If the stallion's get have yet to perform, you must give extra consideration to the grandsires and granddams. Beyond that, although their names can look wonderful on the pedigree, third- and fourth-generation progenitors seldom have made much contribution to the prospective sire. An exception to this guideline might occur if a substantial amount of inbreeding is involved, which is practiced to "fix" certain desirable traits and thus greatly increase the odds that those traits also will be present in the offspring.

Unfortunately, inbreeding does the same for undesirable characteristics, which is one reason it is not practiced more. The other powerful reason for limiting its practice is the frequent loss of vigor in the offspring of lines that have been heavily inbred. To remedy this latter problem, the stallion owners or stud managers probably have outcrossed to a different line somewhere within a generation or two.

If inbreeding is a concern, it is useful to determine the inbreeding coefficient of the stallion. The level of inbreeding that's considered acceptable varies with the breed and the breeder, but most breeders will draw a line in the neighborhood of 15-16%.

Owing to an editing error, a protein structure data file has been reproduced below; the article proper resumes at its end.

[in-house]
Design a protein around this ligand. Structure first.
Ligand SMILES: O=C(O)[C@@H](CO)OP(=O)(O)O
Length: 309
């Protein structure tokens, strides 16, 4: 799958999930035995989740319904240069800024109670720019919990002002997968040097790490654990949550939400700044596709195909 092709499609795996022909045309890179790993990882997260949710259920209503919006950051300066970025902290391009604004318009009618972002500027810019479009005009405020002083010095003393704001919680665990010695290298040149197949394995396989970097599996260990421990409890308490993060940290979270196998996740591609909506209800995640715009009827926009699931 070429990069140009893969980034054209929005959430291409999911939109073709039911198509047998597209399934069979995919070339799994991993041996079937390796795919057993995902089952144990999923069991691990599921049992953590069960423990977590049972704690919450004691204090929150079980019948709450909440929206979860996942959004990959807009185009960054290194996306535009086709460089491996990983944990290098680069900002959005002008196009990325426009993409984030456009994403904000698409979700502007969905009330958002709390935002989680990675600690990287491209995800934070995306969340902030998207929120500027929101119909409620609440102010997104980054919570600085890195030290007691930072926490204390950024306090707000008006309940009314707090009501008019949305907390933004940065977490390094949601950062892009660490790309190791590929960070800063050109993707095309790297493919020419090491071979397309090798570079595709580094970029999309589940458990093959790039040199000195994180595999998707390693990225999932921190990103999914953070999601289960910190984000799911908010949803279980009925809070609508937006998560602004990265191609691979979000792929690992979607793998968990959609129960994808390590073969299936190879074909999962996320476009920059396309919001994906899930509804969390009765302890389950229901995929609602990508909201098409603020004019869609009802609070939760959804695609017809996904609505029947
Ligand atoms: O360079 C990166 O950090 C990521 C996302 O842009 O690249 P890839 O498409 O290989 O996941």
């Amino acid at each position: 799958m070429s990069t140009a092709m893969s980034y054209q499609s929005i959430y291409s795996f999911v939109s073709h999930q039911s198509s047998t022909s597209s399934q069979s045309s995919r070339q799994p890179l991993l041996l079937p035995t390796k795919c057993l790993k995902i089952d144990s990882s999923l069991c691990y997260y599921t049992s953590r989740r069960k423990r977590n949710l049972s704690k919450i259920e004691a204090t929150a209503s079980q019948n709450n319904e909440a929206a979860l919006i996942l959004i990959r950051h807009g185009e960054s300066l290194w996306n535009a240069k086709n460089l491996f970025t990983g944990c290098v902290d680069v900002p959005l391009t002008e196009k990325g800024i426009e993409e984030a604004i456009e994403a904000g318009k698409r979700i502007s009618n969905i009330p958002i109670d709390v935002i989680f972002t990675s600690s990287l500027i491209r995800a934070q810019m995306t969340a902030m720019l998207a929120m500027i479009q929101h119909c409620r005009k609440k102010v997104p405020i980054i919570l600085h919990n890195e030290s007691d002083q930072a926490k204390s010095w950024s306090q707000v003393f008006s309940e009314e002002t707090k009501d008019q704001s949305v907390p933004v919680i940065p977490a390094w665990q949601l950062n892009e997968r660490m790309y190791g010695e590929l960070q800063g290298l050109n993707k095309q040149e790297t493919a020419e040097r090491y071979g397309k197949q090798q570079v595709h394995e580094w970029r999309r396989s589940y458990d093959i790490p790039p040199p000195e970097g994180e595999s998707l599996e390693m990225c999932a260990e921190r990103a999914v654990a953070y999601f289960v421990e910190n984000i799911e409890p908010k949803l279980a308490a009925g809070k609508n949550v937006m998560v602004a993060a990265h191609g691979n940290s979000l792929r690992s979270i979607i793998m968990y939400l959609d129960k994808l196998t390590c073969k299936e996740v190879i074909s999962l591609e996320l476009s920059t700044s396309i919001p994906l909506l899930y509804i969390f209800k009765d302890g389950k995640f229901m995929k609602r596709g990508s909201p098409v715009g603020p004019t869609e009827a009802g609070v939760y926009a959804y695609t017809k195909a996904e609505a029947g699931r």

The inbreeding coefficient for Thoroughbreds, on average, is somewhere around 8%. Any individual, however, could have an entirely different inbreeding coefficient. The coefficients for other breeds usually are readily obtainable by studying the breed history, and have already been obtained by experts in many instances. In such cases you would want to know if the stallion you are considering is inbred to a higher or to a lower degree than the average of the breed. You certainly will want to know how the foal compares, and so will anyone considering buying the foal at a yearling sale or thereafter.

In evaluating siblings, half-siblings, sires, dams, grandsires, and granddams, the careful breeder will profit from at least a brief study of equine genetics. For instance, a given sire or dam will not necessarily pass the same genes to every offspring (see "Genetics Primer" in the November 1997 issue of The Horse, article #624 at www.thehorse.com, for more on genetics). Some sires, however, are known to be prepotent, meaning they seem to pass their good qualities along to their offspring no matter the mare's qualifications.